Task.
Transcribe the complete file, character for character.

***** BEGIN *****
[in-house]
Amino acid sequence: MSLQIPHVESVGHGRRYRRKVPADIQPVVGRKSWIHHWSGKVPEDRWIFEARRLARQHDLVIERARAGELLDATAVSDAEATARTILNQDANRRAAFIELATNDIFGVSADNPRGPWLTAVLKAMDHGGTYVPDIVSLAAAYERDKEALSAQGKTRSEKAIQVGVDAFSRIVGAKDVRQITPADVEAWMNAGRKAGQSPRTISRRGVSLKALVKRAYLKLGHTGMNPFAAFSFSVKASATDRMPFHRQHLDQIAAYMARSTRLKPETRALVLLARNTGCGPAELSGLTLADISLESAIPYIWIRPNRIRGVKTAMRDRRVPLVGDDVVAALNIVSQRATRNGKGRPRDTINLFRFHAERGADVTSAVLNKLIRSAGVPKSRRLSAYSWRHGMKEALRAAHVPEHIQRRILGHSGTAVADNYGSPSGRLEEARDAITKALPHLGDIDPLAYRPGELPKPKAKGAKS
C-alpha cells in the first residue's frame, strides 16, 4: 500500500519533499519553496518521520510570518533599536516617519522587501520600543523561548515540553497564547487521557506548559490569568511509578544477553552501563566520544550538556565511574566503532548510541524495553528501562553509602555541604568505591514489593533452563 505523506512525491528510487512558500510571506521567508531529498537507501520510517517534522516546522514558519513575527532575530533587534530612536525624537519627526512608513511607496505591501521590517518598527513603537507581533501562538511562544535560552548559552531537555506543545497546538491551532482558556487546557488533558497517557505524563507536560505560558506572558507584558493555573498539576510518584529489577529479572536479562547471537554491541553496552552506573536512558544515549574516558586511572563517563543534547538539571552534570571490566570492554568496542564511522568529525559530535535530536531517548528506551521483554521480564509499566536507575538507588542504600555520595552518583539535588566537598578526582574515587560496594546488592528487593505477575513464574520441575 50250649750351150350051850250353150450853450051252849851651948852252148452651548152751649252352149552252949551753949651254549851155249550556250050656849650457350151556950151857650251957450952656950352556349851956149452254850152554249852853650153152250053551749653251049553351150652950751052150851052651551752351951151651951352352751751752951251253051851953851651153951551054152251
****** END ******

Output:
[in-house]
Amino acid sequence: MSLQIPHVESVGHGRRYRRKVPADIQPVVGRKSWIHHWSGKVPEDRWIFEARRLARQHDLVIERARAGELLDATAVSDAEATARTILNQDANRRAAFIELATNDIFGVSADNPRGPWLTAVLKAMDHGGTYVPDIVSLAAAYERDKEALSAQGKTRSEKAIQVGVDAFSRIVGAKDVRQITPADVEAWMNAGRKAGQSPRTISRRGVSLKALVKRAYLKLGHTGMNPFAAFSFSVKASATDRMPFHRQHLDQIAAYMARSTRLKPETRALVLLARNTGCGPAELSGLTLADISLESAIPYIWIRPNRIRGVKTAMRDRRVPLVGDDVVAALNIVSQRATRNGKGRPRDTINLFRFHAERGADVTSAVLNKLIRSAGVPKSRRLSAYSWRHGMKEALRAAHVPEHIQRRILGHSGTAVADNYGSPSGRLEEARDAITKALPHLGDIDPLAYRPGELPKPKAKGAKS
C-alpha cells in the first residue's frame, strides 16, 4: 500500500519533499519553496518521520510570518533599536516617519522587501520600543523561548515540553497564547487521557506548559490569568511509578544477553552501563566520544550538556565511574566503532548510541524495553528501562553509602555541604568505591514489593533452563 505523506512525491528510487512558500510571506521567508531529498537507501520510517517534522516546522514558519513575527532575530533587534530612536525624537519627526512608513511607496505591501521590517518598527513603537507581533501562538511562544535560552548559552531537555506543545497546538491551532482558556487546557488533558497517557505524563507536560505560558506572558507584558493555573498539576510518584529489577529479572536479562547471537554491541553496552552506573536512558544515549574516558586511572563517563543534547538539571552534570571490566570492554568496542564511522568529525559530535535530536531517548528506551521483554521480564509499566536507575538507588542504600555520595552518583539535588566537598578526582574515587560496594546488592528487593505477575513464574520441575 50250649750351150350051850250353150450853450051252849851651948852252148452651548152751649252352149552252949551753949651254549851155249550556250050656849650457350151556950151857650251957450952656950352556349851956149452254850152554249852853650153152250053551749653251049553351150652950751052150851052651551752351951151651951352352751751752951251253051851953851651153951551054152251